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For a squire to keep his place at court is no small trial...

And if that squire has neither family nor fortune, his task is doubly hard.

Geoffrey Hotspur is one of the most talented squires in the hall of the famous John of Gaunt, Duke of Lancaster; but his place rests on the good will of the lady of the hall, Anne de Roet. And she does not suffer fools gladly.

As the seventeen-year-old Geoffrey nears the end of his training as a squire, his thoughts turn to knighthood and he increasingly feels pressured to ensure the good favor of his patron. However, a rapid series of misfortunes befall him. Misfortunes which test his character and conspire to threaten his place at court.

He was brought up on the old ideals of chivalry, but having been cloistered for so long in training for war, does Geoffrey Hotspur really understand the virtues of knighthood? When does pride of place become sin of pride? When is the time to strike? And when must one yield?

Avignon, France
May 1392

“Watch, watch, watch!” Geoffrey Hotspur yelled as he brought down his sword in a wild diagonal strike against William Beauchamp’s left side, grazing his shoulder and nearly knocking the sword out of his hand. Geoffrey was about to come up with a final strike to win yet another match in the tournament when he heard the swordmaster shout.

“No talking in the lists, Hotspur! This is a silent pass, so retreat!”

Geoffrey hesitated for a moment before drawing down from the towering falcon guard to the defensive iron door stance. The old man is being fussy today, he thought as he kept his eye on his opponent, who had set himself in middle boar guard while he   reaffirmed his grip on the wooden play sword the squires used for training. Geoffrey wanted to return to falcon as quickly as possible, since it afforded him the best use of his height advantage and put the most pressure on an opponent, but William was not stupid, so he would wait for a few passes before trying falcon again. In the meantime, he decided to narrow play, although he preferred wide action, and apply brute strength to keep William on the defensive. He knew that William’s favorite strike was the safe middle thrust, since he was fairly timid between the barriers and had short arms, but a few solid parries should frustrate him and open up enough of a gap so that with his superior reach, Geoffrey should be able to advance quickly and land a solid blow.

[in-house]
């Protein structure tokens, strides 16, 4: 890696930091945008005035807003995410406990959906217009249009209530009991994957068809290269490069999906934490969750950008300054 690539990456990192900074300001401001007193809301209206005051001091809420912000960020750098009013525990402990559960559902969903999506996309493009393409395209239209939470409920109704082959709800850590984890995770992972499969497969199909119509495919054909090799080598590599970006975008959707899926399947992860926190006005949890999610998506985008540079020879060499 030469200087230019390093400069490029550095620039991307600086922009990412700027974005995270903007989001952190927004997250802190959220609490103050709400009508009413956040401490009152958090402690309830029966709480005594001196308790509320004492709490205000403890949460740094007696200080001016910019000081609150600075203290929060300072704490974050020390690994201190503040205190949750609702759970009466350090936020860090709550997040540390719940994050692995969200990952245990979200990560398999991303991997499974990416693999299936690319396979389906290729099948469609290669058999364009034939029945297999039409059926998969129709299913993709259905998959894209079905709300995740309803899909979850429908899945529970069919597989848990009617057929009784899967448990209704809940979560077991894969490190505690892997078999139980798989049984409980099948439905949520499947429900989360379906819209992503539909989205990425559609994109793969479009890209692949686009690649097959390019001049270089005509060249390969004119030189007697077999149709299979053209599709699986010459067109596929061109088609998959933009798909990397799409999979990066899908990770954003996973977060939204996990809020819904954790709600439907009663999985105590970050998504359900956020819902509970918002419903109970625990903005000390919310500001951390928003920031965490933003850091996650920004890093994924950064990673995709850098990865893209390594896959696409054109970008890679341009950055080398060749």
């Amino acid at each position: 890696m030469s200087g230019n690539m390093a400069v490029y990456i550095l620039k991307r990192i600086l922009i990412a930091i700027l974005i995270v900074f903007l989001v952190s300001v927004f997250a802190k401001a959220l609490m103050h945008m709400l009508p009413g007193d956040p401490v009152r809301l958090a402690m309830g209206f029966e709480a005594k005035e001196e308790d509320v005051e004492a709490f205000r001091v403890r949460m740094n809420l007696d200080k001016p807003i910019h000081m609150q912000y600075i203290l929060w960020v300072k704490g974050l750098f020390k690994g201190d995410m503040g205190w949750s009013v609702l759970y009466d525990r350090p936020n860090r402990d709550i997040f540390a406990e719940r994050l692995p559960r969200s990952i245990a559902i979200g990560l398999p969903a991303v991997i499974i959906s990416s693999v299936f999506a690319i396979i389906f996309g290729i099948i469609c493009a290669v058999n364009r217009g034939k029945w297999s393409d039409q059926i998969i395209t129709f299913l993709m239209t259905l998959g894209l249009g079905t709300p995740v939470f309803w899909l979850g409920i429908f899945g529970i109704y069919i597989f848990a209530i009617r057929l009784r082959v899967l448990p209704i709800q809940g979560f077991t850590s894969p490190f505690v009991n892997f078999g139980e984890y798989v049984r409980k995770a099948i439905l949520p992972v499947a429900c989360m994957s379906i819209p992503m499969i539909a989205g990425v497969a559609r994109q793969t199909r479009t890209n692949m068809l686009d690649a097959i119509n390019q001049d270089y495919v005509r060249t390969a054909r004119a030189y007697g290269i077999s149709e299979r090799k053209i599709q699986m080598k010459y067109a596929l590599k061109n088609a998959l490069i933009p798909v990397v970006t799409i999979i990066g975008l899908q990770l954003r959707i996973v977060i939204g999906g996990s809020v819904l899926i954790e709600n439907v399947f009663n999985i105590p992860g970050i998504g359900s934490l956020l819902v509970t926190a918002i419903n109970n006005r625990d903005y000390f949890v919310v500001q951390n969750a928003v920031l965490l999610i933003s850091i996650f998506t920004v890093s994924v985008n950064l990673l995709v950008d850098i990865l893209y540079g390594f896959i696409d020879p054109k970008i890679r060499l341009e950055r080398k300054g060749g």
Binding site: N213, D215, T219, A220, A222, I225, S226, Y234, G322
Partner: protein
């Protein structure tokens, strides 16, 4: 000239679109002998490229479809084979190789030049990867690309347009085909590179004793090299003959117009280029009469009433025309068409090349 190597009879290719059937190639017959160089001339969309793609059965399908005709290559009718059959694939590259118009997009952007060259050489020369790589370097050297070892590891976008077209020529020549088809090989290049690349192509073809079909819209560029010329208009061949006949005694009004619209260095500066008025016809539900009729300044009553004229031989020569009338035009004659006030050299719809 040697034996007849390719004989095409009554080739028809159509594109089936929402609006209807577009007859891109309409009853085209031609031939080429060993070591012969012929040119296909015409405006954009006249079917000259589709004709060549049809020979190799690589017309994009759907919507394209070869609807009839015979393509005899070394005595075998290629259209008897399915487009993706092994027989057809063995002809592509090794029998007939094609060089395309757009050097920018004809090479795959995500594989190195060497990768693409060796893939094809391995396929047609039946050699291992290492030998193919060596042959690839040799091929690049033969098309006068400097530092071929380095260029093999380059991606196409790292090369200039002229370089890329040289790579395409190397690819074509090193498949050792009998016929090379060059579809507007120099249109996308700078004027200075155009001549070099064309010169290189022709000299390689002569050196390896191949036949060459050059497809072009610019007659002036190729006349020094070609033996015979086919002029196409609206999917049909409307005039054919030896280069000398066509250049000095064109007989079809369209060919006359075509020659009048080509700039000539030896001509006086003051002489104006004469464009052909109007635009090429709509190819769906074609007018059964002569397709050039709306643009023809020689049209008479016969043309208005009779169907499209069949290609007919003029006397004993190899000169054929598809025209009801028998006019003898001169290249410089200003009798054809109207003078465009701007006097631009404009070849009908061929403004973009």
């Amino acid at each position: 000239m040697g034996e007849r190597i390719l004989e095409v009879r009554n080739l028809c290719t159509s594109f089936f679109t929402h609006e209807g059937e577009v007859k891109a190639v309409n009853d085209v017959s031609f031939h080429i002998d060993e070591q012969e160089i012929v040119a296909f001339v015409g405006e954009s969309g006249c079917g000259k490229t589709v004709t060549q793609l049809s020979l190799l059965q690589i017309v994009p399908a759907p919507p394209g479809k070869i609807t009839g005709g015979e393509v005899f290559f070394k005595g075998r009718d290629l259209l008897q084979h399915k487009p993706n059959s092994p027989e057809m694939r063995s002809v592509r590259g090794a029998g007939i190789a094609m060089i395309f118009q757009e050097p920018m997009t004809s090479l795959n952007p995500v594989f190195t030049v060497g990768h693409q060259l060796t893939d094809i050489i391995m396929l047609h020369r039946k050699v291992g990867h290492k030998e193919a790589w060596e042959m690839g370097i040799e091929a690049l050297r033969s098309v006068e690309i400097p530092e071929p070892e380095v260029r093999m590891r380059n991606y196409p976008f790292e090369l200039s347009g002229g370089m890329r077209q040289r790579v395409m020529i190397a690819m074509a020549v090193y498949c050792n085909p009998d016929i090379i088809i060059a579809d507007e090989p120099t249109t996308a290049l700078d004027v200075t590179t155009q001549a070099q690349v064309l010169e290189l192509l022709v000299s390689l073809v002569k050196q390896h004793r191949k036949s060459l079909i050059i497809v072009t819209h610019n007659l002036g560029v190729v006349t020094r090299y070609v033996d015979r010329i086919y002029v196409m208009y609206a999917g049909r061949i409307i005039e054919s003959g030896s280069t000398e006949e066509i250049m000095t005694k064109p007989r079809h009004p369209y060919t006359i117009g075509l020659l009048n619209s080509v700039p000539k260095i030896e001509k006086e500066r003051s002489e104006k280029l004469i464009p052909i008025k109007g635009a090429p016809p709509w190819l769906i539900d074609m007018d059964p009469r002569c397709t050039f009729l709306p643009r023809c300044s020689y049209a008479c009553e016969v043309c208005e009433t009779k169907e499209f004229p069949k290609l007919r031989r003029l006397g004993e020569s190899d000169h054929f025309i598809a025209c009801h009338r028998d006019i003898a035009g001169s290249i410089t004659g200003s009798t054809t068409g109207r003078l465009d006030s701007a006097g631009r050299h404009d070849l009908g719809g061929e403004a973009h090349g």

“Watch the counter strike from low-middle, Geoff, you know he’s waiting for you,” his friend Roger Swynford warned from behind the barrier, “and mind his wrist.”

Geoffrey angled his stance to show that he was returning to falcon, but at the last  moment he shifted his weight to his left leg and came out of iron door with an upward strike that went over William’s sword and scratched his cheek. Had he missed with the upward strike, he would have been exposed to a middle thrust, but Geoffrey had heard his friend’s advice and noticed that his opponent’s wrist still trembled from the last blow, and so he had calculated odds in his favor.

“Half a point to Hotspur!” the swordmaster announced.

The audience of squires shouted encouragement, although William received the lion’s share of support, since the Beauchamp family was so well known. The swordmaster waved his hand for silence.

Current Reviews: 1
  • by Andrew Morris Date Added: Tuesday 28 June, 2011 This short story is the first I had read of Evan Ostryzniuk's work.

    The reader is introduced to Geoffrey Hotspur (who is also the main character in Ostryzniuk's novel Of Faith and Fidelity) and a fellow squire duelling it out. The author does a great job writing this scene as I could feel the tension build and the pacing is excellent.

    Throughout the course of the story, we learn that Geoffrey was an orphan who was rescued by John of Gaunt and brought into his household to serve as squire. But, Geoffrey's aspirations exceed the station of a mere squire, he wants to be a knight. As is a common theme in Ostryzniuk's work, Geoffrey struggles with his envy and pride in his quest to become a man suited for a knighthood.

    If you are planning to read Ostryzniuk's novel Of Faith and Fidelity (as I am), this short story is a great introduction to the complex character Geoffrey Hotspur.

    I enjoyed it.
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